When You Don’t Pass the Bar Exam

Most states have released February bar exam results and while many are celebrating, some are not. Not everyone passed which means the journey is not over. When you don’t pass the bar exam, you not only have to do it all over again but you have to do it differently. In order to change the outcome, you have to change the input.

Failure is simply the opportunity to start again. This time more intelligently.

-Henry Ford

Instead of identifying all the things you did “wrong,” start with what DID work. For example: you put in 50-60 hours a week for 10 weeks, completed all of the commercial bar prep lectures, submitted all the graded essays, etc. From there you can take a look at areas where you can improve: was your MBE score below average, were your essays ok but not great, did you get low scores on any particular essays? The next step is to ask “why?” and trying to do this yourself is not easy. Get feedback from someone- the bar support person at your school, a bar examiner, the bar coach from commercial bar prep, a good friend who was successful.

Through all of this, remember that you are not starting from zero. You did a lot of things right. You can pass the bar exam and you will pass the bar exam.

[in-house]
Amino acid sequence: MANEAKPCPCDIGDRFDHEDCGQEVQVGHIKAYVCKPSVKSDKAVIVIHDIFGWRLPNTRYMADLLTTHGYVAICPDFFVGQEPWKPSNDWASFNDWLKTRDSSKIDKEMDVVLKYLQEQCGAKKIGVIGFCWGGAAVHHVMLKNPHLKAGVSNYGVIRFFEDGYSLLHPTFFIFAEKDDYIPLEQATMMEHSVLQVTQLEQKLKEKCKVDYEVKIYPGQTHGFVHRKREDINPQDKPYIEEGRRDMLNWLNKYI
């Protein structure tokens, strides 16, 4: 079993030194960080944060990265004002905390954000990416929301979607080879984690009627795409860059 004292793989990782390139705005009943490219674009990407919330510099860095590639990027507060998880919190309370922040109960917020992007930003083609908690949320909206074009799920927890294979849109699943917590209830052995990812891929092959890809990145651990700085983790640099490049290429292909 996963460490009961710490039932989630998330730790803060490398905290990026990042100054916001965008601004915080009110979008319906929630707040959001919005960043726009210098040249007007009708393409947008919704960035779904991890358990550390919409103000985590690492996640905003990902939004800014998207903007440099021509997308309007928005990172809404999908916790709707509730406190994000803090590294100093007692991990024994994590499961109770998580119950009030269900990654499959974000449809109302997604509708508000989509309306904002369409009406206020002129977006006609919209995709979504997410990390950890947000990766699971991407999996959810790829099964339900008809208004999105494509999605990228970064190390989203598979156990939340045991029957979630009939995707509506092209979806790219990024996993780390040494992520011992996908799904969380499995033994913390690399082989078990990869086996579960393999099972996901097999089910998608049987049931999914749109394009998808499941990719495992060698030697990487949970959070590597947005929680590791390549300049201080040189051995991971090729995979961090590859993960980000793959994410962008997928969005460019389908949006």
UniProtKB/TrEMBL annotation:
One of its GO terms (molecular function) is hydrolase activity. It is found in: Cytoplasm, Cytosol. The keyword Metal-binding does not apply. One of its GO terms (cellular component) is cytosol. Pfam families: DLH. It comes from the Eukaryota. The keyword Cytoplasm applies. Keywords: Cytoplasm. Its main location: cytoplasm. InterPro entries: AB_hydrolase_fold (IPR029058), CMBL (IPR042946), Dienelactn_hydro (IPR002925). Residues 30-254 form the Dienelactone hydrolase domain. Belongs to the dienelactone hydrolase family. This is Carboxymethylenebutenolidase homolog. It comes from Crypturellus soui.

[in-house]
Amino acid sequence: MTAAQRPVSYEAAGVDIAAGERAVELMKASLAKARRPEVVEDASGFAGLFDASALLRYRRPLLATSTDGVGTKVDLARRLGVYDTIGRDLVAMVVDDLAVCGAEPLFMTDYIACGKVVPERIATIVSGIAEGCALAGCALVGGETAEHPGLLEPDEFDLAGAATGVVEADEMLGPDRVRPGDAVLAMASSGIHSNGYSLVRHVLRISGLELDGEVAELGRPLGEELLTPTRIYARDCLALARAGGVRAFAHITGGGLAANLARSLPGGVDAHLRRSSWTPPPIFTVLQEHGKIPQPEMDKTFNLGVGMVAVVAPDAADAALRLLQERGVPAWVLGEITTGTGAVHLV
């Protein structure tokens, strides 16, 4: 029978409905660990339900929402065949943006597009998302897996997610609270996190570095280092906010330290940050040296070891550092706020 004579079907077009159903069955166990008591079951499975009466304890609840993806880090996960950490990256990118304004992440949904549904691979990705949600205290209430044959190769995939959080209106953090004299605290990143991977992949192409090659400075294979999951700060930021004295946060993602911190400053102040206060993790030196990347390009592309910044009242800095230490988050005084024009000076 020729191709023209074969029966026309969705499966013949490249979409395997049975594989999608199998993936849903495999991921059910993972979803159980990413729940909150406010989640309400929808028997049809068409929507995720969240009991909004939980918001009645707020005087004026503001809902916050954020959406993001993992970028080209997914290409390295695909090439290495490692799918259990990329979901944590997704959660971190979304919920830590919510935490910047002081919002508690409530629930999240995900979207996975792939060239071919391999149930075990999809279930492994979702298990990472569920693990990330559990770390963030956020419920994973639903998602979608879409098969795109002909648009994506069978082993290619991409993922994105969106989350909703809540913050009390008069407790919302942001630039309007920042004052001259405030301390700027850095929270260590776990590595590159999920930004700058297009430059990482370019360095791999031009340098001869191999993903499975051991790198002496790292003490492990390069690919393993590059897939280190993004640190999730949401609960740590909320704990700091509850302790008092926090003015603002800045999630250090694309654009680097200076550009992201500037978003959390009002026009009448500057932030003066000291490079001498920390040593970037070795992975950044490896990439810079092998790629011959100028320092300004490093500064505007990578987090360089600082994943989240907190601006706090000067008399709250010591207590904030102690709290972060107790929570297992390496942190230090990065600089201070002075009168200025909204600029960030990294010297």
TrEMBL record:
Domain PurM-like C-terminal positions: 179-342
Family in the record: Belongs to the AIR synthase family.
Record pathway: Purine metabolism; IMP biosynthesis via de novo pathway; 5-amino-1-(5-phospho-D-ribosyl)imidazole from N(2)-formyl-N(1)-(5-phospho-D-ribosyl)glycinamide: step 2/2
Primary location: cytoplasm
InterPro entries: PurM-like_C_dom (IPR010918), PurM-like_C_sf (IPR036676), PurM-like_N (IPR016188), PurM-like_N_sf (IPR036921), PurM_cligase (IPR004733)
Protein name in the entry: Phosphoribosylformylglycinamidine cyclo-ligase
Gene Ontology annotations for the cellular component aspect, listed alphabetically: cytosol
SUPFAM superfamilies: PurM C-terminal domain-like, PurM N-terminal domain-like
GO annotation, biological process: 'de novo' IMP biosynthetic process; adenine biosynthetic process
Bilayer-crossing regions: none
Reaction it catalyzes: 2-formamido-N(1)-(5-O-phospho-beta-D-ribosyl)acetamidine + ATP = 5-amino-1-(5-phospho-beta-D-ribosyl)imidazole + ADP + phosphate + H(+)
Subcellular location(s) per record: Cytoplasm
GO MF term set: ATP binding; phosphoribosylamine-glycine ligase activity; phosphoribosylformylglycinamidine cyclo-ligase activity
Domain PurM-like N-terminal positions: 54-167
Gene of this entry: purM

Failing the Bar Exam: how to regroup, refocus, move forward


Failing the Bar Exam: how to regroup, refocus, move forward

Bar results are posted and you didn’t pass. It’s ok to feel upset, angry, and disappointed. However, you need to set a time limit on these feelings because you need to regroup and refocus your energy into passing the next time.

Success is not final,
failure is not fatal:
it is the courage to continue that counts.
-Winston Churchill

The most important thing to recognize is what YOU can do better the next time. External factors are out of your control so it does you no good to blame failure on this. You must first look inward and self-assess. Identify what you did well and areas in which you can improve. The first place to start is with the results themselves. Don’t look so much at the overall score but the different components: was your MBE score below average? Did you do poorly on the MPTs? Were your essays ok but none were high scoring?

Also look back at your study habits. For example, did you put in enough time into both learning and practicing? Did you study steadily over the entire prep period or was it mostly in the last four weeks? Did you focus when you studied or did you allow too many distractions? Did you prepare for all bar exam components or rely on being a good test-taker to get you through?

Next, get feedback from someone else- the bar support person from your law school, a bar examiner, your bar coach from commercial bar prep. You need someone to give you objective feedback on your work. You need someone to be honest with you on both the good and the bad.

Failure is never fun but it is the best learning opportunity around.  Failing the bar exam is a personal experience but don’t take it personally. We learn best from mistakes so take advantage of the opportunity to succeed.